The lie of the land is rather different as the Tour Colombia returns to the calendar on Tuesday after a four-year absence. The passion for the sport in this corner of the world is as fervent as ever – witness the joyous multitudes in Duitama at last weekend’s national championships – but the skies are not quite as serene as they were in the spring of 2020.
Back then, just before the coronavirus pandemic took hold, Colombian cycling was at the zenith. Egan Bernal was the reigning Tour de France champion, and Nairo Quintana was beginning an apparent renaissance at Arkéa. Miguel Ángel López was the coming man of the mountains, and WorldTour teams were scrambling to identify and recruit emerging Colombian talent. Indeed, twelve months previously, before striking a deal with Ineos, Dave Brailsford had travelled to the country to investigate the prospect of securing a sponsor to replace Sky.
By last winter, the mood music had changed considerably, and sombre newspaper headlines spoke gravely of the end of Colombian cycling’s years of plenty. WorldTour squads’ growing preference for recruiting directly from the junior ranks in Europe and North America, allied to the demise of Manzana Postobón, had complicated the pathway for young Colombian talent, while some established stars were enduring travails of their own.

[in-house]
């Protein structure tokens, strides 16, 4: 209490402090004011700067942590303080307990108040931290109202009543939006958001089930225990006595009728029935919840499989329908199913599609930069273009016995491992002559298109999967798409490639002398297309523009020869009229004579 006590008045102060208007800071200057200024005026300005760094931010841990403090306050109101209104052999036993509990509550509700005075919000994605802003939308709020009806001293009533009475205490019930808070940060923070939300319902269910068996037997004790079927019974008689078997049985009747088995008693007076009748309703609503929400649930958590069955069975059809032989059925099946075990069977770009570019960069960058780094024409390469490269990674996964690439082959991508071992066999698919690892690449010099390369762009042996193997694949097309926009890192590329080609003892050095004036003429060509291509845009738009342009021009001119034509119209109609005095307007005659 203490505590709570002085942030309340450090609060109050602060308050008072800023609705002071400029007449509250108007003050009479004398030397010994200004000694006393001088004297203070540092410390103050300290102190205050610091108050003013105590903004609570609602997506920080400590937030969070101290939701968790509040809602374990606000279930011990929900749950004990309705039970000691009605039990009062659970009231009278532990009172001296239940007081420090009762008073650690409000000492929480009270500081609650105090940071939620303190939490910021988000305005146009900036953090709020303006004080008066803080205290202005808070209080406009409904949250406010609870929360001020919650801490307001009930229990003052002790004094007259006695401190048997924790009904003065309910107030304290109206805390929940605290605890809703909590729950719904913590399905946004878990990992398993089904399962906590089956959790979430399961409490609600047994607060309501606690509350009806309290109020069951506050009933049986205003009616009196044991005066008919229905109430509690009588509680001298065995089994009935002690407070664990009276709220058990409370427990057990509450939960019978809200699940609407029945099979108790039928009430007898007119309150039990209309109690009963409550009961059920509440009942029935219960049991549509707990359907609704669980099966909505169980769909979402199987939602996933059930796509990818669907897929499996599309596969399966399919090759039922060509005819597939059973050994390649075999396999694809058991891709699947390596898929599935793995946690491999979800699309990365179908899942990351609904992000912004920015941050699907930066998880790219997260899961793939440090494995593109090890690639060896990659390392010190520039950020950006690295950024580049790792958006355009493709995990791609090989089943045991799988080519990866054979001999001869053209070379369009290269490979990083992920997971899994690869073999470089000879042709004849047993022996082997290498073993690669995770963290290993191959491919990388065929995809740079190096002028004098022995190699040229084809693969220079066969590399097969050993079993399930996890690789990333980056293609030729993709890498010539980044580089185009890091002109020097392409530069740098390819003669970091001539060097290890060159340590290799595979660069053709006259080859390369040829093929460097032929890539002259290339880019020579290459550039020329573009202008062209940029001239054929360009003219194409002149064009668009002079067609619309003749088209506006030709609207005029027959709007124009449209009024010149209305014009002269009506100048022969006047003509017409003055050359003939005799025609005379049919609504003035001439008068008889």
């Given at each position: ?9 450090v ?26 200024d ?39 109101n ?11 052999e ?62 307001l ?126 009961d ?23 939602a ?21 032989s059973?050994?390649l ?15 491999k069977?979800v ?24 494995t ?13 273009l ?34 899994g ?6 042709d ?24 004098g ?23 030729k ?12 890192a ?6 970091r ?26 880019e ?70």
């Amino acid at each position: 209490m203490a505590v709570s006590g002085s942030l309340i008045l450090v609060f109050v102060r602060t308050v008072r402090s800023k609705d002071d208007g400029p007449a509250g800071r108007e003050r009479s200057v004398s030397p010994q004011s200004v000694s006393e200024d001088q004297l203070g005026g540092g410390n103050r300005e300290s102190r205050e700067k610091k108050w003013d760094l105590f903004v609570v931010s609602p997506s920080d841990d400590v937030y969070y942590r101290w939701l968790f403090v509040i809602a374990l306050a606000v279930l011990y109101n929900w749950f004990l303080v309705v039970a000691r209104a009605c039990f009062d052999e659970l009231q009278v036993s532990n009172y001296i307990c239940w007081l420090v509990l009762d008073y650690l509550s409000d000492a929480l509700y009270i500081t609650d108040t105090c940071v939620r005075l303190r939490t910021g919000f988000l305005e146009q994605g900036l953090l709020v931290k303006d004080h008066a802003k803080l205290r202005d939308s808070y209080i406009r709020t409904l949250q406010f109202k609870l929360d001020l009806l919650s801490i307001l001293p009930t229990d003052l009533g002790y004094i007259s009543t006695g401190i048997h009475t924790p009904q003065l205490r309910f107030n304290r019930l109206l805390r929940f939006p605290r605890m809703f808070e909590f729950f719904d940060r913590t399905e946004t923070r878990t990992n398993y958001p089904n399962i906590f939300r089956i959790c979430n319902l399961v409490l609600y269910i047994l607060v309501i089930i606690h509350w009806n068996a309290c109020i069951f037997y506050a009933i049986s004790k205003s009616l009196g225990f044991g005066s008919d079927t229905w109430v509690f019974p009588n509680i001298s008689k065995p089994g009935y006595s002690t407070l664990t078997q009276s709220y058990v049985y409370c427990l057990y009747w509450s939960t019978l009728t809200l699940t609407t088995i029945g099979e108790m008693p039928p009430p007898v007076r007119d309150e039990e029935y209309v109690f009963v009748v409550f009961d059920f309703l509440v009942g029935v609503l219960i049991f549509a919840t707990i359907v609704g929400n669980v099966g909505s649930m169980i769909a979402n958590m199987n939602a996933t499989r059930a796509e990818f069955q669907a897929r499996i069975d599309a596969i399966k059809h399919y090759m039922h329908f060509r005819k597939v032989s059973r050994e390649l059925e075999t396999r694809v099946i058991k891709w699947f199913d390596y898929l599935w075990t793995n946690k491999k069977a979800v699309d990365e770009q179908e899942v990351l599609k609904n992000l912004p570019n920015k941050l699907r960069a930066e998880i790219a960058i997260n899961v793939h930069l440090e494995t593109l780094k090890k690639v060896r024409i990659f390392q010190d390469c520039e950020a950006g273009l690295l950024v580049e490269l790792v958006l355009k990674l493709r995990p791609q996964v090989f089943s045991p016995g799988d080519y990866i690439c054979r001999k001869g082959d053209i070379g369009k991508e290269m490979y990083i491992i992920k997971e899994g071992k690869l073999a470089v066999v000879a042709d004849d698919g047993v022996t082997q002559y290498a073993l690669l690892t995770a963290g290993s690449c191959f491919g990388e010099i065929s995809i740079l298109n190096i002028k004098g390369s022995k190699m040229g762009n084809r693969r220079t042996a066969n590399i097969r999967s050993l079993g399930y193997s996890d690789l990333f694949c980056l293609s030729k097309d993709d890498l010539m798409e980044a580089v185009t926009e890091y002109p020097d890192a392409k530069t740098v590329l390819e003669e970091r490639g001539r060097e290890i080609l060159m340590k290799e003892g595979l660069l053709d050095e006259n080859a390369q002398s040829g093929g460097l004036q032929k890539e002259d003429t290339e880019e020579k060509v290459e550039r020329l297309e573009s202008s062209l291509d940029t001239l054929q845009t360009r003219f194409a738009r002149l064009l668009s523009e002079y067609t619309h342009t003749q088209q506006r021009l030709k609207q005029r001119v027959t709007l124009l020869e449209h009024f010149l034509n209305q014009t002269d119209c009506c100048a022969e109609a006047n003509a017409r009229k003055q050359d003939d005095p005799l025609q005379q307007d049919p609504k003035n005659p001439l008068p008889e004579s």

Bernal’s future was uncertain as he fought his way back from career-threatening injury. Quintana looked to be on the brink of retirement after testing positive for Tramadol on the 2022 Tour de France and failing to secure a contract. López was banished from the WorldTour due to his implication in Operation Ilex. Other members of the golden generation, meanwhile, were inching towards the end of their careers.
The absence of the Tour Colombia from the calendar only exacerbated the sense of drift. The race was cancelled in 2021 due to the pandemic, and shortfalls in funding prevented the Colombian Cycling Federation from resurrecting it in the years that followed. Its return in 2024 was confirmed too late to convince the bulk of the WorldTour squads to change their early-season programmes, but the organisation will hope that this year’s event will at least provide a foothold for future editions.
Most importantly, they have secured the presence of the most bankable stars of Colombian cycling. Nairo Quintana begins his second act at Movistar at the Tour Colombia, while Rigoberto Urán and Esteban Chaves line out in an EF Education-EasyPost…